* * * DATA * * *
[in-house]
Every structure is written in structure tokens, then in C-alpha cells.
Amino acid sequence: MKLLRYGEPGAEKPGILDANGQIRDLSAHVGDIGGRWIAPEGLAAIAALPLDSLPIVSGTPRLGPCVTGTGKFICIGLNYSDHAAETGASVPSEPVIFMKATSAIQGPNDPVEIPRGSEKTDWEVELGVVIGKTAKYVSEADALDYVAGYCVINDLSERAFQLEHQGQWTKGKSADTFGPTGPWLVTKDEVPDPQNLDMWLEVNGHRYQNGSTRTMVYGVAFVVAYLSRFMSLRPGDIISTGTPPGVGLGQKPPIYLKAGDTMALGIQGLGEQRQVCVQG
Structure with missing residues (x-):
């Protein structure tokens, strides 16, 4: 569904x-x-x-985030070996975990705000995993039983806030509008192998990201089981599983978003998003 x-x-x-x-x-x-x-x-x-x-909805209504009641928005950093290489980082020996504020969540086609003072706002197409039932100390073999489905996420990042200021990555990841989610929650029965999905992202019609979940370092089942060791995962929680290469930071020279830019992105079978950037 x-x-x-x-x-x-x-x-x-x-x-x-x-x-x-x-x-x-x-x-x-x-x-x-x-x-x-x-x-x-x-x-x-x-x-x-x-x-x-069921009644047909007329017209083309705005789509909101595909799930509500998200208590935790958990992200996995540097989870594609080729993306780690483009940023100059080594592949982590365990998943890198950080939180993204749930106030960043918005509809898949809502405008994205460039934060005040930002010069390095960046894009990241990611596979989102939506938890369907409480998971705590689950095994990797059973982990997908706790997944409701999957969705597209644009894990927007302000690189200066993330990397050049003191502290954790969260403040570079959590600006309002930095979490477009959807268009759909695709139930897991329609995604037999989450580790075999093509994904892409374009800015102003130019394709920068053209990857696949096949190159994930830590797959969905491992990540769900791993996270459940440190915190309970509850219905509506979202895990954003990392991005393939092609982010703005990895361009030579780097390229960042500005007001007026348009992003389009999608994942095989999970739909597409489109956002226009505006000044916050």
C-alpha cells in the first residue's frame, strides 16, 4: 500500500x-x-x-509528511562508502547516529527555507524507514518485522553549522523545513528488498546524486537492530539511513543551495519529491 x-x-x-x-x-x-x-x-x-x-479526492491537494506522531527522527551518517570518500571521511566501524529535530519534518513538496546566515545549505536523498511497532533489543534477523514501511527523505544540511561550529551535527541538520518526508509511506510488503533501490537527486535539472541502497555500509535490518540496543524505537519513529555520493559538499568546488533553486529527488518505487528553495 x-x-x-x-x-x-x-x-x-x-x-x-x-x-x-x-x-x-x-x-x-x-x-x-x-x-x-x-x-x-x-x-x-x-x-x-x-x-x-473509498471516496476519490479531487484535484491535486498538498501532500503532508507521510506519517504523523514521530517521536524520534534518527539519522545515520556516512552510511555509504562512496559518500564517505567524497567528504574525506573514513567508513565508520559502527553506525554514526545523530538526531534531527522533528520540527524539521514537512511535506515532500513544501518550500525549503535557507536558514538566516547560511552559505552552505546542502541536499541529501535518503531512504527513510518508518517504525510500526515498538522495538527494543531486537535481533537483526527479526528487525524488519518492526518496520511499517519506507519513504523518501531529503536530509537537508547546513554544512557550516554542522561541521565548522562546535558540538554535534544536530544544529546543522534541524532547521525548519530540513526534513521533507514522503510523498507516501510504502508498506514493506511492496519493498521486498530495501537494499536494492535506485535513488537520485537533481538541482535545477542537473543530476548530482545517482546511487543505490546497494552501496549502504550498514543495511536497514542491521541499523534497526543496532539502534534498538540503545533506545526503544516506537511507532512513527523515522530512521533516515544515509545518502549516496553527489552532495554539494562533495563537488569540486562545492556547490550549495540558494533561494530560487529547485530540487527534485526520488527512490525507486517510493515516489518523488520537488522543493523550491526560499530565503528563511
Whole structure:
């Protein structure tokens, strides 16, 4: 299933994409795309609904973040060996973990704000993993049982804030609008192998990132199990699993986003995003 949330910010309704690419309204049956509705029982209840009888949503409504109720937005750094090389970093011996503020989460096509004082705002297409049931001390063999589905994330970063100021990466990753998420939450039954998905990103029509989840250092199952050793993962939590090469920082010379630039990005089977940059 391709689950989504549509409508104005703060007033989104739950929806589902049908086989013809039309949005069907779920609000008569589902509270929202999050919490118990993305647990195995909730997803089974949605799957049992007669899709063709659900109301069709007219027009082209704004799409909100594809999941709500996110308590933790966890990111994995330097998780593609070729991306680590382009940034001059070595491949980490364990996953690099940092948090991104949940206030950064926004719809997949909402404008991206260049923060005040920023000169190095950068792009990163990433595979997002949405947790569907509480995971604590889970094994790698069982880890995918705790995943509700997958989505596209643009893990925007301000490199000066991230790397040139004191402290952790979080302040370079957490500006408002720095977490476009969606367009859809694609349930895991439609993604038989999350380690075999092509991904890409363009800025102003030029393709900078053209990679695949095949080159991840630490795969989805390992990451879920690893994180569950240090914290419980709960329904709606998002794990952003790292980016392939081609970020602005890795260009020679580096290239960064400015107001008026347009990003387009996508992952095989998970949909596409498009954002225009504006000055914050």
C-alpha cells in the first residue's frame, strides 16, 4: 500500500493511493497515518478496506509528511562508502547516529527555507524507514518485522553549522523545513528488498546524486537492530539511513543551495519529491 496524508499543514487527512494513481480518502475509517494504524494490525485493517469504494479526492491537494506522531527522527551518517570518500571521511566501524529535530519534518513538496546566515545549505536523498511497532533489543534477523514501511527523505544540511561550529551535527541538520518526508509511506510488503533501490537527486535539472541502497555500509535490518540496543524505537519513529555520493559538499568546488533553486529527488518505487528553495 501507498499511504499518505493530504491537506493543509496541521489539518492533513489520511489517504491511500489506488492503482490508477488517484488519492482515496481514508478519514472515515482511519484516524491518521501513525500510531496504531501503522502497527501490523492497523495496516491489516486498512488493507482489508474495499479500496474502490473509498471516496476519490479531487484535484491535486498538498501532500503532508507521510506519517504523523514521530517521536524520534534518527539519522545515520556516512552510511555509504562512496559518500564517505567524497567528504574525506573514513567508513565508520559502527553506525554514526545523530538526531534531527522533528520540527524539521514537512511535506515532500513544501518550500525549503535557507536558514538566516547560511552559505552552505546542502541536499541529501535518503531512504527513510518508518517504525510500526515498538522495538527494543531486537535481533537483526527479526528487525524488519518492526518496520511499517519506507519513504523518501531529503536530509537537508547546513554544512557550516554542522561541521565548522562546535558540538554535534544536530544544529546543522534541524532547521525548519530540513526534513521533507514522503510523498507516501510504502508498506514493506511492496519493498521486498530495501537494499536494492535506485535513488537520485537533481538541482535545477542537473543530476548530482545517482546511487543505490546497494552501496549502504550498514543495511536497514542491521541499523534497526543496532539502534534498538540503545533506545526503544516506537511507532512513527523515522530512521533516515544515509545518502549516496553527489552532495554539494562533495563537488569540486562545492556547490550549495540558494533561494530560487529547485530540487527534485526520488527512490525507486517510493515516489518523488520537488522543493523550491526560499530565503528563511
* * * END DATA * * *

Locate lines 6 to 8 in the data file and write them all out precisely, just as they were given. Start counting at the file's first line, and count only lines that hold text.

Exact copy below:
C-alpha cells in the first residue's frame, strides 16, 4: 500500500x-x-x-509528511562508502547516529527555507524507514518485522553549522523545513528488498546524486537492530539511513543551495519529491 x-x-x-x-x-x-x-x-x-x-479526492491537494506522531527522527551518517570518500571521511566501524529535530519534518513538496546566515545549505536523498511497532533489543534477523514501511527523505544540511561550529551535527541538520518526508509511506510488503533501490537527486535539472541502497555500509535490518540496543524505537519513529555520493559538499568546488533553486529527488518505487528553495 x-x-x-x-x-x-x-x-x-x-x-x-x-x-x-x-x-x-x-x-x-x-x-x-x-x-x-x-x-x-x-x-x-x-x-x-x-x-x-473509498471516496476519490479531487484535484491535486498538498501532500503532508507521510506519517504523523514521530517521536524520534534518527539519522545515520556516512552510511555509504562512496559518500564517505567524497567528504574525506573514513567508513565508520559502527553506525554514526545523530538526531534531527522533528520540527524539521514537512511535506515532500513544501518550500525549503535557507536558514538566516547560511552559505552552505546542502541536499541529501535518503531512504527513510518508518517504525510500526515498538522495538527494543531486537535481533537483526527479526528487525524488519518492526518496520511499517519506507519513504523518501531529503536530509537537508547546513554544512557550516554542522561541521565548522562546535558540538554535534544536530544544529546543522534541524532547521525548519530540513526534513521533507514522503510523498507516501510504502508498506514493506511492496519493498521486498530495501537494499536494492535506485535513488537520485537533481538541482535545477542537473543530476548530482545517482546511487543505490546497494552501496549502504550498514543495511536497514542491521541499523534497526543496532539502534534498538540503545533506545526503544516506537511507532512513527523515522530512521533516515544515509545518502549516496553527489552532495554539494562533495563537488569540486562545492556547490550549495540558494533561494530560487529547485530540487527534485526520488527512490525507486517510493515516489518523488520537488522543493523550491526560499530565503528563511
Whole structure:
């Protein structure tokens, strides 16, 4: 299933994409795309609904973040060996973990704000993993049982804030609008192998990132199990699993986003995003 949330910010309704690419309204049956509705029982209840009888949503409504109720937005750094090389970093011996503020989460096509004082705002297409049931001390063999589905994330970063100021990466990753998420939450039954998905990103029509989840250092199952050793993962939590090469920082010379630039990005089977940059 391709689950989504549509409508104005703060007033989104739950929806589902049908086989013809039309949005069907779920609000008569589902509270929202999050919490118990993305647990195995909730997803089974949605799957049992007669899709063709659900109301069709007219027009082209704004799409909100594809999941709500996110308590933790966890990111994995330097998780593609070729991306680590382009940034001059070595491949980490364990996953690099940092948090991104949940206030950064926004719809997949909402404008991206260049923060005040920023000169190095950068792009990163990433595979997002949405947790569907509480995971604590889970094994790698069982880890995918705790995943509700997958989505596209643009893990925007301000490199000066991230790397040139004191402290952790979080302040370079957490500006408002720095977490476009969606367009859809694609349930895991439609993604038989999350380690075999092509991904890409363009800025102003030029393709900078053209990679695949095949080159991840630490795969989805390992990451879920690893994180569950240090914290419980709960329904709606998002794990952003790292980016392939081609970020602005890795260009020679580096290239960064400015107001008026347009990003387009996508992952095989998970949909596409498009954002225009504006000055914050």